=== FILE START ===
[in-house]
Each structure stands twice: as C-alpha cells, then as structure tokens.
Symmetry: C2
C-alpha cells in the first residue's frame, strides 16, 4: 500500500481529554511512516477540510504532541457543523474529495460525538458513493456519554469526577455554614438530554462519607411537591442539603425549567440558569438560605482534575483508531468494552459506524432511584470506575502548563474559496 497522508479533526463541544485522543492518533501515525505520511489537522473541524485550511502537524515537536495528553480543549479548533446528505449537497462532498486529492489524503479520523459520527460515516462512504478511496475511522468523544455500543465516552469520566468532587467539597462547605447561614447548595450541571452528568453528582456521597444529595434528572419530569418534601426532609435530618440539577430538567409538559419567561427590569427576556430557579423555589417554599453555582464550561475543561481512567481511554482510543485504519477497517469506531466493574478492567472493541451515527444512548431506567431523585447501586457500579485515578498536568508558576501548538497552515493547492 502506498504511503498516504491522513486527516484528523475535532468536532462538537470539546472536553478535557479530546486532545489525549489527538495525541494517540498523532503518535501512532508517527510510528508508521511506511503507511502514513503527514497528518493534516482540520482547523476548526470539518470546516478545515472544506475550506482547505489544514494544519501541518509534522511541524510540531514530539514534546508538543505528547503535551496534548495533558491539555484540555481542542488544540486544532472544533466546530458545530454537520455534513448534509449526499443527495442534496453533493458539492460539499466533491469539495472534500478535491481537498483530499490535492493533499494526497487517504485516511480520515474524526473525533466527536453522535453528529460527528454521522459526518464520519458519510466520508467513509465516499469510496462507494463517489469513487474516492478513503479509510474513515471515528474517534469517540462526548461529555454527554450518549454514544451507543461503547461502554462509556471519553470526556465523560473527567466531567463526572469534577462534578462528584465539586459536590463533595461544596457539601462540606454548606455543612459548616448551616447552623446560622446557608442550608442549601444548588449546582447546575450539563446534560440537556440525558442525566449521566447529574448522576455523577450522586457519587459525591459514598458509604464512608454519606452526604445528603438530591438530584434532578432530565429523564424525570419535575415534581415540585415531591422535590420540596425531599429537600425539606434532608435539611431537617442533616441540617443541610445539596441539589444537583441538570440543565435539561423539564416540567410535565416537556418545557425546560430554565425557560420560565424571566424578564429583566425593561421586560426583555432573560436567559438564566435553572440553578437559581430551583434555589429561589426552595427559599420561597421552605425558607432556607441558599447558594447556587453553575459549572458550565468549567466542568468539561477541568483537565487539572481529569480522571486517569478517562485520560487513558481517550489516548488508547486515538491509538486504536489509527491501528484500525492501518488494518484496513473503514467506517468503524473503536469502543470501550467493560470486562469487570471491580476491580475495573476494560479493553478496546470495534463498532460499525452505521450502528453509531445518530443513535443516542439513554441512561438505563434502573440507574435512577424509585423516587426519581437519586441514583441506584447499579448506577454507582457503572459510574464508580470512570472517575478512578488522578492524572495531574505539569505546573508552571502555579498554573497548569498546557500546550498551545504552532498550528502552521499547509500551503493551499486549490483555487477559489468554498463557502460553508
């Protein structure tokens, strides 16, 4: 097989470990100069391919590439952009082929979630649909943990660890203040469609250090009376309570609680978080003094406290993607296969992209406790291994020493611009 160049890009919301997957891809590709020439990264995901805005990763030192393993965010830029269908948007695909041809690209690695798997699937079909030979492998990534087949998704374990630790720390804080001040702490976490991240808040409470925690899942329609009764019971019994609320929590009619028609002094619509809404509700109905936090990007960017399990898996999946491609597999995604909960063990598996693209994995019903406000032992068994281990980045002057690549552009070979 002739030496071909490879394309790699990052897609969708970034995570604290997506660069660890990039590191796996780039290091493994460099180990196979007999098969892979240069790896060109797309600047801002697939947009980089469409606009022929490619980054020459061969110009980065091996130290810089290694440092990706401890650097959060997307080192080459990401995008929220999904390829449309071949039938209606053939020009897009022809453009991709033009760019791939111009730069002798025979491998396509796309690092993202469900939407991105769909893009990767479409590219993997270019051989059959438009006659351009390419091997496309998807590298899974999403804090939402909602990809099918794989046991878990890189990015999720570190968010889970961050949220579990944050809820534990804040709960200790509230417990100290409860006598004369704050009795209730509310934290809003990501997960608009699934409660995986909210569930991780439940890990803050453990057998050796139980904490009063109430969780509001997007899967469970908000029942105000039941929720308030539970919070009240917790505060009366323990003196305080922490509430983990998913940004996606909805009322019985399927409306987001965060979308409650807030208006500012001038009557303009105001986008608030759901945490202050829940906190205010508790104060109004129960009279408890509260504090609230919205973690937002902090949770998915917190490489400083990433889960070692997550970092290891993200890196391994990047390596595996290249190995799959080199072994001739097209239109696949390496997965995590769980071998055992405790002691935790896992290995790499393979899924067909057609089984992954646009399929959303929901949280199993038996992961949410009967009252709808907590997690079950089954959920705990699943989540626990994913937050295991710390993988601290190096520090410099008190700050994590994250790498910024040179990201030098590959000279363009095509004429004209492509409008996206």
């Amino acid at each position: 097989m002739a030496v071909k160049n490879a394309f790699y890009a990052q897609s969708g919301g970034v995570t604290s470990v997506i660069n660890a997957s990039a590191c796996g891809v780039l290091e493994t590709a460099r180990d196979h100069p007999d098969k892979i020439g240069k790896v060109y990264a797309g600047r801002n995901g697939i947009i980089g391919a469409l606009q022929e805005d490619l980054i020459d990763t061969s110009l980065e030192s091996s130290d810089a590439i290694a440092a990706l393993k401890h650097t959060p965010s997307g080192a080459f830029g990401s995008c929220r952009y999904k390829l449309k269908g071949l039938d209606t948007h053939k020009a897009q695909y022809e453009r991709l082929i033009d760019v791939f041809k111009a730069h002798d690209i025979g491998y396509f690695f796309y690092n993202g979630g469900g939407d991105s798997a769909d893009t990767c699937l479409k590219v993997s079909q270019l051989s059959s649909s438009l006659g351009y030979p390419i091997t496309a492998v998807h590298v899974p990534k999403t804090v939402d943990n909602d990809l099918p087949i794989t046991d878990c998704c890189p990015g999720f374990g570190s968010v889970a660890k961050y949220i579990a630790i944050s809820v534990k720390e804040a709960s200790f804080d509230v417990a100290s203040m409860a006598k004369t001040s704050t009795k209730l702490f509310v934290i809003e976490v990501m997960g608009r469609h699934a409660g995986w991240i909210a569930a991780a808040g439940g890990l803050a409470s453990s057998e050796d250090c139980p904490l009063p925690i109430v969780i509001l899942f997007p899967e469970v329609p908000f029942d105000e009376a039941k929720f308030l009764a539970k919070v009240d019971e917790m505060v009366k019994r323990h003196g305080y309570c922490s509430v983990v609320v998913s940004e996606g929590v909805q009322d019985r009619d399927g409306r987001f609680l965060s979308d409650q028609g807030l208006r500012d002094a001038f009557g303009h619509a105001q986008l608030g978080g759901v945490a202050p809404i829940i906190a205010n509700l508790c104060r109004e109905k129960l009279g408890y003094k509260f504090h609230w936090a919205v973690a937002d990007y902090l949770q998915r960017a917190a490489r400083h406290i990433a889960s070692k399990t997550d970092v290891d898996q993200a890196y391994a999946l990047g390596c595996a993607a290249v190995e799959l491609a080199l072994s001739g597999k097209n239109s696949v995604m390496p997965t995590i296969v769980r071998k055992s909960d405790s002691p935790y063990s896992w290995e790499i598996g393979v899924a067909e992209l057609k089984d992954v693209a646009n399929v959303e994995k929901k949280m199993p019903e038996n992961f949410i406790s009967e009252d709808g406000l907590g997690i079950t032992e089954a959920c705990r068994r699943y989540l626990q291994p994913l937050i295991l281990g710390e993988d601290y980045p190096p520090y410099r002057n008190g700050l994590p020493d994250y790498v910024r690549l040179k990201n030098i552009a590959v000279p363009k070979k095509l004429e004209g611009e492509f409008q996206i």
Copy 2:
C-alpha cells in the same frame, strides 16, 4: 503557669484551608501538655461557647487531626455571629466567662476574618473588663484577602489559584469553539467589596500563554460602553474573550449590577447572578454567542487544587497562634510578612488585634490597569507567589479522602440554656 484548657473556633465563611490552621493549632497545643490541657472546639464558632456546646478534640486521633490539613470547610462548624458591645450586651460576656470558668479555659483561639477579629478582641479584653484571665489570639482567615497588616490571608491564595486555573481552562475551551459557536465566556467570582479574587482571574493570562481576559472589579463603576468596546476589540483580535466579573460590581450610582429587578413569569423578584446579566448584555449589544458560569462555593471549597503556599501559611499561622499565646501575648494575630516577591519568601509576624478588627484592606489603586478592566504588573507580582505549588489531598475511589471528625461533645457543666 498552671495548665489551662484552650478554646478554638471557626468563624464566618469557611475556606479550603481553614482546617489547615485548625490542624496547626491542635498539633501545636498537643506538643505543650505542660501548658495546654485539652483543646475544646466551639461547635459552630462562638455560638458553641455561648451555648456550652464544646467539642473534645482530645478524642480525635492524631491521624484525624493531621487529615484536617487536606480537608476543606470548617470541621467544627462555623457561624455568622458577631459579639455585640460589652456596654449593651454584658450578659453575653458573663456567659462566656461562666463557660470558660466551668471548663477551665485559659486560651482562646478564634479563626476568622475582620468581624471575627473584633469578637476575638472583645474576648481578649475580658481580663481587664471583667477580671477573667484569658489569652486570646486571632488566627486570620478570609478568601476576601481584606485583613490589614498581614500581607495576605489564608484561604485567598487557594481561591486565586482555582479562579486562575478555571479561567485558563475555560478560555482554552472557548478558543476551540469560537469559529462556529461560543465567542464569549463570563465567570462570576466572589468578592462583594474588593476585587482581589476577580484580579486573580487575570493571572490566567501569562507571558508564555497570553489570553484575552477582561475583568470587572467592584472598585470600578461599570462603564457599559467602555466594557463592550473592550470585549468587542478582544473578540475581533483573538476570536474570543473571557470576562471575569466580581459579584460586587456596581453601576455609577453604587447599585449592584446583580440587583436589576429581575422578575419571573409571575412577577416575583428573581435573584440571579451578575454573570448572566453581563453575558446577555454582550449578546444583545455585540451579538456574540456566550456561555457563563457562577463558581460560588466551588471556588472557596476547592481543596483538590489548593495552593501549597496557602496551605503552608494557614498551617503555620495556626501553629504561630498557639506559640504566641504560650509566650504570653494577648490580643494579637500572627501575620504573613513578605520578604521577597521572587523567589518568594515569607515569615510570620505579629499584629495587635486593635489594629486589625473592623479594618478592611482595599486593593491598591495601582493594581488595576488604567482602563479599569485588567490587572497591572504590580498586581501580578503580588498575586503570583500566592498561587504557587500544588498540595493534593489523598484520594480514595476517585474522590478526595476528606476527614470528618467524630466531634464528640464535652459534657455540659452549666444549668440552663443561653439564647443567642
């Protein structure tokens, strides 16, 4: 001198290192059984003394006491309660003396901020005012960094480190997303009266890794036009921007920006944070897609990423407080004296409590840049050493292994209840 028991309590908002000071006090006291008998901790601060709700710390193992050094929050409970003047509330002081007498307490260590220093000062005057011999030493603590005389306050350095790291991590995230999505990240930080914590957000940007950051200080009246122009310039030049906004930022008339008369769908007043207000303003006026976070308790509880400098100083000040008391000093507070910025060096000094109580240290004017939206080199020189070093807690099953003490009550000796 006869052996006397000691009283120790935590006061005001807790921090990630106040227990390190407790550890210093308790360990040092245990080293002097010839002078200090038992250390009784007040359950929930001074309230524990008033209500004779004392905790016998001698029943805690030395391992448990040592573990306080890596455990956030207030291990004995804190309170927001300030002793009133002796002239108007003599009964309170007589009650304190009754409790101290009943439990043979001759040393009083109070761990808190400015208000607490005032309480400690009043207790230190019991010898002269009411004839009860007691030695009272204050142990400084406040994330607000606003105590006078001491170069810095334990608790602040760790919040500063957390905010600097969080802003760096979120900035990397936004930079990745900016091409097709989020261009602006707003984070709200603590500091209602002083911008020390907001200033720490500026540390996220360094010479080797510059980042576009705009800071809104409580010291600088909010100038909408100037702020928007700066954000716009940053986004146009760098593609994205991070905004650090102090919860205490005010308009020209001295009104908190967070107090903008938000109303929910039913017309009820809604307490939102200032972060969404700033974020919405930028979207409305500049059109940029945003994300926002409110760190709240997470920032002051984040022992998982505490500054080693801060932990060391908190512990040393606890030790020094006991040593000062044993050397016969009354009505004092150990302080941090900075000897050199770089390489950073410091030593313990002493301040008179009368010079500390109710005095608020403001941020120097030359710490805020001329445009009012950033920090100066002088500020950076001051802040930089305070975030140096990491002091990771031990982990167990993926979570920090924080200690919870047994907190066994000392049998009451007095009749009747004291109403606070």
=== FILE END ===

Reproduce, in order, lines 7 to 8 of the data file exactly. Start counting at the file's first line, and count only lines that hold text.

Copy 2:
C-alpha cells in the same frame, strides 16, 4: 503557669484551608501538655461557647487531626455571629466567662476574618473588663484577602489559584469553539467589596500563554460602553474573550449590577447572578454567542487544587497562634510578612488585634490597569507567589479522602440554656 484548657473556633465563611490552621493549632497545643490541657472546639464558632456546646478534640486521633490539613470547610462548624458591645450586651460576656470558668479555659483561639477579629478582641479584653484571665489570639482567615497588616490571608491564595486555573481552562475551551459557536465566556467570582479574587482571574493570562481576559472589579463603576468596546476589540483580535466579573460590581450610582429587578413569569423578584446579566448584555449589544458560569462555593471549597503556599501559611499561622499565646501575648494575630516577591519568601509576624478588627484592606489603586478592566504588573507580582505549588489531598475511589471528625461533645457543666 498552671495548665489551662484552650478554646478554638471557626468563624464566618469557611475556606479550603481553614482546617489547615485548625490542624496547626491542635498539633501545636498537643506538643505543650505542660501548658495546654485539652483543646475544646466551639461547635459552630462562638455560638458553641455561648451555648456550652464544646467539642473534645482530645478524642480525635492524631491521624484525624493531621487529615484536617487536606480537608476543606470548617470541621467544627462555623457561624455568622458577631459579639455585640460589652456596654449593651454584658450578659453575653458573663456567659462566656461562666463557660470558660466551668471548663477551665485559659486560651482562646478564634479563626476568622475582620468581624471575627473584633469578637476575638472583645474576648481578649475580658481580663481587664471583667477580671477573667484569658489569652486570646486571632488566627486570620478570609478568601476576601481584606485583613490589614498581614500581607495576605489564608484561604485567598487557594481561591486565586482555582479562579486562575478555571479561567485558563475555560478560555482554552472557548478558543476551540469560537469559529462556529461560543465567542464569549463570563465567570462570576466572589468578592462583594474588593476585587482581589476577580484580579486573580487575570493571572490566567501569562507571558508564555497570553489570553484575552477582561475583568470587572467592584472598585470600578461599570462603564457599559467602555466594557463592550473592550470585549468587542478582544473578540475581533483573538476570536474570543473571557470576562471575569466580581459579584460586587456596581453601576455609577453604587447599585449592584446583580440587583436589576429581575422578575419571573409571575412577577416575583428573581435573584440571579451578575454573570448572566453581563453575558446577555454582550449578546444583545455585540451579538456574540456566550456561555457563563457562577463558581460560588466551588471556588472557596476547592481543596483538590489548593495552593501549597496557602496551605503552608494557614498551617503555620495556626501553629504561630498557639506559640504566641504560650509566650504570653494577648490580643494579637500572627501575620504573613513578605520578604521577597521572587523567589518568594515569607515569615510570620505579629499584629495587635486593635489594629486589625473592623479594618478592611482595599486593593491598591495601582493594581488595576488604567482602563479599569485588567490587572497591572504590580498586581501580578503580588498575586503570583500566592498561587504557587500544588498540595493534593489523598484520594480514595476517585474522590478526595476528606476527614470528618467524630466531634464528640464535652459534657455540659452549666444549668440552663443561653439564647443567642